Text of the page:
41. ^ Kane, Sandhya Somashekhar and Paul (18 March 2010). "Democrats yet to decide on health-care bill bear the weight of Washington" – via www.washingtonpost.com.
  42. ^ Connolly, CeCi, Landmark: The Inside Story of America's New Health-Care law--The Affordable Care Act--and What It Means for Us All," Public Affairs Press, New York, 2010, page 57.
  43. ^ "How Obama revived his health-care bill". ISSN 0190-8286. Retrieved 2017-12-24.
  44. ^ Zimmermann, Eric (2010-03-23). "Obama's hard sell". TheHill. Retrieved 2017-12-24.
  45. ^ "ACA foe now a supporter". POLITICO. Retrieved 2017-12-24.
  46. ^ Jameson, Marni (March 23, 2014). "Jason Altmire: Ex-congressman discusses politics of Obamacare". Orlando Sentinel.
  47. ^ Brino, Anthony (December 26, 2012). "Outgoing Congressman Altmire joining Florida Blue". Healthcare Payer News. Retrieved December 26, 2012.
  48. ^ Haberkorn, Jennifer (5 June 2013). "ACA foe now a supporter". Politico.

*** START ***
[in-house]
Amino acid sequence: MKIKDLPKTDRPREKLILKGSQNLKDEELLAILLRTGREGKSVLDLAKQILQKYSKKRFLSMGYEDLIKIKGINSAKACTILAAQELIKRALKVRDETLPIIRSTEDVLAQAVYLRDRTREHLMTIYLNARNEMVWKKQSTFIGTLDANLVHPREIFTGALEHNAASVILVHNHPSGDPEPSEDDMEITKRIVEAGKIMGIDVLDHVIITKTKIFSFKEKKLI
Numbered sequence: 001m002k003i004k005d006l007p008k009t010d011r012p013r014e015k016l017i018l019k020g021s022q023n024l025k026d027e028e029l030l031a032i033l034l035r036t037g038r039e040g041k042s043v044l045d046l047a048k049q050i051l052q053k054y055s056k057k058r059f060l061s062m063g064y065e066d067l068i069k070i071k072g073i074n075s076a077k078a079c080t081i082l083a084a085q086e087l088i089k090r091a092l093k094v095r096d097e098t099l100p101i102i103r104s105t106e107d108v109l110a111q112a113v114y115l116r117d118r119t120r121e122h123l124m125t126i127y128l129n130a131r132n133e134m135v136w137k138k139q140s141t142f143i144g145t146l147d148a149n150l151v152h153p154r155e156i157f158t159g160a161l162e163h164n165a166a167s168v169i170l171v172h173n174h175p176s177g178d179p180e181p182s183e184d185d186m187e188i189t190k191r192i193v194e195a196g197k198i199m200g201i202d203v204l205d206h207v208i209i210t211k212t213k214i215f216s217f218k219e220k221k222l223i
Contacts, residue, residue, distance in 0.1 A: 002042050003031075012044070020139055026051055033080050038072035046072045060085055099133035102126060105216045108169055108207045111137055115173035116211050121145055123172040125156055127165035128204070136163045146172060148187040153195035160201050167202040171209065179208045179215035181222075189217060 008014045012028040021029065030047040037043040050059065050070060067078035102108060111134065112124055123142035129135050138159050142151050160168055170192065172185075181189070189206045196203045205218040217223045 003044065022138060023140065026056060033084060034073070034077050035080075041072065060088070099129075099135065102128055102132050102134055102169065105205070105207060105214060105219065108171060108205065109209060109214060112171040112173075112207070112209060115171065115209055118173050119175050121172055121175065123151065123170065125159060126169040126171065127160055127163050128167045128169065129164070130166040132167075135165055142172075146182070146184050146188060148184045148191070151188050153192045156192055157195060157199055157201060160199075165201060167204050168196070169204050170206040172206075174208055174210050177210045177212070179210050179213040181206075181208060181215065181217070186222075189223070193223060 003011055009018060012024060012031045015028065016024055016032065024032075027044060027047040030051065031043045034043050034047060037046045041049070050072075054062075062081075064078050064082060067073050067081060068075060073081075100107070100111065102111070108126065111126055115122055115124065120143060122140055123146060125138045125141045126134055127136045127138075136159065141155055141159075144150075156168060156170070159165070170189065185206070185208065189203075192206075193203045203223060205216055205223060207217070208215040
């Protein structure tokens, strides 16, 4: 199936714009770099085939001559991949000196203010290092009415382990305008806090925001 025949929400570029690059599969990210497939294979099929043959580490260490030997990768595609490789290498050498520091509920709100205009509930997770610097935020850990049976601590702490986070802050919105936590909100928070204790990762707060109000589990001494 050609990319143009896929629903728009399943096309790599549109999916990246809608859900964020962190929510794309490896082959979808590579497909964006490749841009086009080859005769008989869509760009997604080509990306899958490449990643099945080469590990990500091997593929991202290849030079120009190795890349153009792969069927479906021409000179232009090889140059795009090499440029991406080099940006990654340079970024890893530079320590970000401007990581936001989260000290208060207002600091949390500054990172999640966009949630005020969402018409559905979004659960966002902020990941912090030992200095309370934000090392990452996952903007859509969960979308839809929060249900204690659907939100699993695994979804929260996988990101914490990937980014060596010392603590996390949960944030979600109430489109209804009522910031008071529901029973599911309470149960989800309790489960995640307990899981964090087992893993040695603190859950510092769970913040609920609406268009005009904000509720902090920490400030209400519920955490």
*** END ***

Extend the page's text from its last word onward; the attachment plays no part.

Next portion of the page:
49. ^ "Press Release: The Florida Blue Foundation Elects Board of Directors". Florida Blue Foundation. March 3, 2015.
  50. ^ Schorsch, Peter (31 July 2017). "Jason Altmire to depart Florida Blue in advance of new book". Florida Politics.
  51. ^ Evans, Garrett (4 October 2017). "Former House Dem tackles polarized politics in new book". The Hill.
  52. ^ https://www.politico.com/newsletters/politico-pulse/2019/02/06/what-trump-said-about-health-care-in-the-state-of-the-union-504066

External links[edit]

U.S. House of Representatives
Preceded by
Melissa Hart
Member of the U.S. House of Representatives
from Pennsylvania's 4th congressional district

Succeeded by
Scott Perry